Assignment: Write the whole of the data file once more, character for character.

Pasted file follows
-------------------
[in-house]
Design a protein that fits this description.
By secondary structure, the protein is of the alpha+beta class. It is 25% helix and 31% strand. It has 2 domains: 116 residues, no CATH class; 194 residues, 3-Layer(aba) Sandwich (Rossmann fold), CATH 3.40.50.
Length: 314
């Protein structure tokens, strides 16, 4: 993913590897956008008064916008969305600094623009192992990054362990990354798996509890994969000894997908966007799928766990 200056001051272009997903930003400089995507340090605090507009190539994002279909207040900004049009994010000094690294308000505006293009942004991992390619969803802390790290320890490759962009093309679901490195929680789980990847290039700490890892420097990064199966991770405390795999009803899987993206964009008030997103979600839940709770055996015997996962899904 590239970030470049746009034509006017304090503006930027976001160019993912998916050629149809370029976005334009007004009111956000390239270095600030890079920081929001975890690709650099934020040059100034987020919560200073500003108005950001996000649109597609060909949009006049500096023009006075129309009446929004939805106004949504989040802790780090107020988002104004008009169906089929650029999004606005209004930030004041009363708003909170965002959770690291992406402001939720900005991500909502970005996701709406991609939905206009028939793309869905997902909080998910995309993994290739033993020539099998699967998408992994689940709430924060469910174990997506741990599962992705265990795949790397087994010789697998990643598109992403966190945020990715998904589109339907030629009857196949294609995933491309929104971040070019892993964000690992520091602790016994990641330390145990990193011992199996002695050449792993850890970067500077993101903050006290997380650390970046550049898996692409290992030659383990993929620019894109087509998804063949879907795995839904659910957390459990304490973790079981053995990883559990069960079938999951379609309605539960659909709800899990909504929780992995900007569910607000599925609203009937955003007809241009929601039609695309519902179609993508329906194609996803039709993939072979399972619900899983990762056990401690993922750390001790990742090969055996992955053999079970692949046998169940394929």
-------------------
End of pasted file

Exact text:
[in-house]
Design a protein that fits this description.
By secondary structure, the protein is of the alpha+beta class. It is 25% helix and 31% strand. It has 2 domains: 116 residues, no CATH class; 194 residues, 3-Layer(aba) Sandwich (Rossmann fold), CATH 3.40.50.
Length: 314
């Protein structure tokens, strides 16, 4: 993913590897956008008064916008969305600094623009192992990054362990990354798996509890994969000894997908966007799928766990 200056001051272009997903930003400089995507340090605090507009190539994002279909207040900004049009994010000094690294308000505006293009942004991992390619969803802390790290320890490759962009093309679901490195929680789980990847290039700490890892420097990064199966991770405390795999009803899987993206964009008030997103979600839940709770055996015997996962899904 590239970030470049746009034509006017304090503006930027976001160019993912998916050629149809370029976005334009007004009111956000390239270095600030890079920081929001975890690709650099934020040059100034987020919560200073500003108005950001996000649109597609060909949009006049500096023009006075129309009446929004939805106004949504989040802790780090107020988002104004008009169906089929650029999004606005209004930030004041009363708003909170965002959770690291992406402001939720900005991500909502970005996701709406991609939905206009028939793309869905997902909080998910995309993994290739033993020539099998699967998408992994689940709430924060469910174990997506741990599962992705265990795949790397087994010789697998990643598109992403966190945020990715998904589109339907030629009857196949294609995933491309929104971040070019892993964000690992520091602790016994990641330390145990990193011992199996002695050449792993850890970067500077993101903050006290997380650390970046550049898996692409290992030659383990993929620019894109087509998804063949879907795995839904659910957390459990304490973790079981053995990883559990069960079938999951379609309605539960659909709800899990909504929780992995900007569910607000599925609203009937955003007809241009929601039609695309519902179609993508329906194609996803039709993939072979399972619900899983990762056990401690993922750390001790990742090969055996992955053999079970692949046998169940394929």